A Poorbridge Quiz: Answer
By Nick Smith

Auto-asphyxiation Technique

The story so far: the contract is 3NT by South and you can see all 52 cards. All you have to do is say which card won the final setting trick for the defence...

N/S Vuln
Dealer E
HA K J 7 6
DJ 5
CK J 7 4 3
SQ 3 2
H8 3 2
DA 10
CQ 10 6 5 2
SK 7 5
HQ 9 5 4
DQ 7 6 3 2
SA J 9 8 6 4
DK 9 8 4
CA 8

West leads the C5 against the distinguished oncologist sitting South (who has played deceptively well hitherto, I should add — this is Table 1, after all). This runs to the Nine and Ace. I'd be tempted to try H10 now (which East would probably do well to duck) but declarer opts for a second club which goes to Ten, Jack and a diamond discard.

Next S10 runs to the Queen and West exits with a heart, ducked in dummy. East thinks for an age before taking HQ and, rather than returning a passive heart, switches to a diamond to West's DA. West mulls over his exit. An ice age comes and goes. The D10 eventually comes back, Jack ........?

Another eternity from East and DJ is allowed to hold the trick. Now three rounds of hearts, much sweating all round, to reach this position:

CK 7 4
CQ 6 2
SK 7
DQ 7
DK 9

I realise that most poorbridge players glaze over when confronted with any sort of end-position, especially if the word "squeeze" is also to be found somewhere in the small print. But I will try to keep it simple.

Declarer, still needing three tricks, correctly guesses that H7 is a winner (indeed he has winners in all four suits!) and decides to cash it. On the last heart, East pitches D7, South D9 and West, in one of those absurd moments of respect for declarer's abilities, throws C2 (realising that the position is marked and he would be thrown in with a small club otherwise). But this is when the poorbridge really begins to kick in.

At trick 11, rather than claiming his contract, declarer plays CK and another — embarking on an attempted suicide squeeze. Indeed, it's an exercise in the kind of auto-asphyxiation once so popular with Australian pop stars and Tory MPs. At first it seems harmless enough — SJ can be safely thrown and declarer can still breathe. (Meanwhile East discards S7).

But declarer must play another club at trick 12. Now that silk scarf really begins to bite and you can see the beads of sweat on his brow. East, also perspiring a little, concludes that since SK and DQ are both losers, it doesn't much matter which one he throws. In the end, he jettisons SK. And declarer? Which winner should he keep?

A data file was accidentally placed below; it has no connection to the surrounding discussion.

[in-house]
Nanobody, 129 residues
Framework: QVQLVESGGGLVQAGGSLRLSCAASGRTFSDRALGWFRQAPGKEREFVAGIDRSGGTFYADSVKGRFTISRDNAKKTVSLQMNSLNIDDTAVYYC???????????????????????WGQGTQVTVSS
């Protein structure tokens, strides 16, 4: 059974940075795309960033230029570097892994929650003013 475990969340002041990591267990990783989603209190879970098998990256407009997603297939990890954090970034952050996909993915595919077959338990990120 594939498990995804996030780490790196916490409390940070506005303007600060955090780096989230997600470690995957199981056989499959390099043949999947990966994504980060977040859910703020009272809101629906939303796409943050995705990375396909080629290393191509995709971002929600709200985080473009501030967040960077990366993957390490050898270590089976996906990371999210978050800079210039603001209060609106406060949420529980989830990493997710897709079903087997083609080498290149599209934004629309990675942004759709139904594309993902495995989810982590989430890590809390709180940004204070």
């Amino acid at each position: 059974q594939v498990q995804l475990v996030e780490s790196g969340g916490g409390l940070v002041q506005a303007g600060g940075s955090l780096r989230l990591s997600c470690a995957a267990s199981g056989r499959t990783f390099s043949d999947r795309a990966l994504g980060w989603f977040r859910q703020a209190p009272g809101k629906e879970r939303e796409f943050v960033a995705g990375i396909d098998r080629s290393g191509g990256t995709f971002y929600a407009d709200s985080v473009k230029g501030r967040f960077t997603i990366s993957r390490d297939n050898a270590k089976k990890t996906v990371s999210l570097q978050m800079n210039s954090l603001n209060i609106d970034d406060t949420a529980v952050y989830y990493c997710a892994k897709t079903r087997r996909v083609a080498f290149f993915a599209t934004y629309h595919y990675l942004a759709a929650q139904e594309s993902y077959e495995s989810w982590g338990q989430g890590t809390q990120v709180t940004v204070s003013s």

The answer may seem obvious in retrospect but when no oxygen has reached your brain for five minutes, anything can happen.

Yes, declarer eventually lets fall the Ace of spades.

So West wins the last trick with S3. That's right, the three of spades. 3NT is one off and the defenders have one hand on the Swiss Pairs trophy.

The post mortem examination of the four-card ending reveals that, on H7 lead, the defence's cause is theoretically hopeless (everyone should know who's got what) but East's best pitch is S7. Declarer throws a loser and West does really well to throw C2 on the basis that declarer would have been good enough to underlead CK to claim the last two (we'll never know).

Even so, declarer should make trivially by exiting with a small club, claiming the last two tricks in either hand. But when instead he plays CK, East should play his part by pitching DQ, the card he is known to hold. On the next club, he must throw SK!! Now declarer is caught in a more genuine suicide squeeze. He knows (or should know) there is a small spade and a small diamond out, but who has what? There are clues, but East has given the defence a much better chance.

And what part did I, dummy, le mort, play in these grisly proceedings? Ah, that's another story .........

And the winner is

We had quite a few people send in answers to Nick's quiz question and they almost universally selected the beer card. "Clearly the answer to the quiz is the beer card, or the question would have been of no interest whatsoever," wrote Jimbob. Robin Zigmond went for the D6, suggesting that East accidentally discarded the beer card early in the play and then couldn't recover. Two correspondents seemed to miss the point and related entirely plausible lines of defence to take if off — the key to the question was the poor bridge in the title!

Nobody actually got the answer right, but Martin Carpenter was as close as makes no difference when he guessed the TWO of spades (I guess he plays upside down count). So Martin wins a year's subscription for free; everybody else — you owe us a tenner.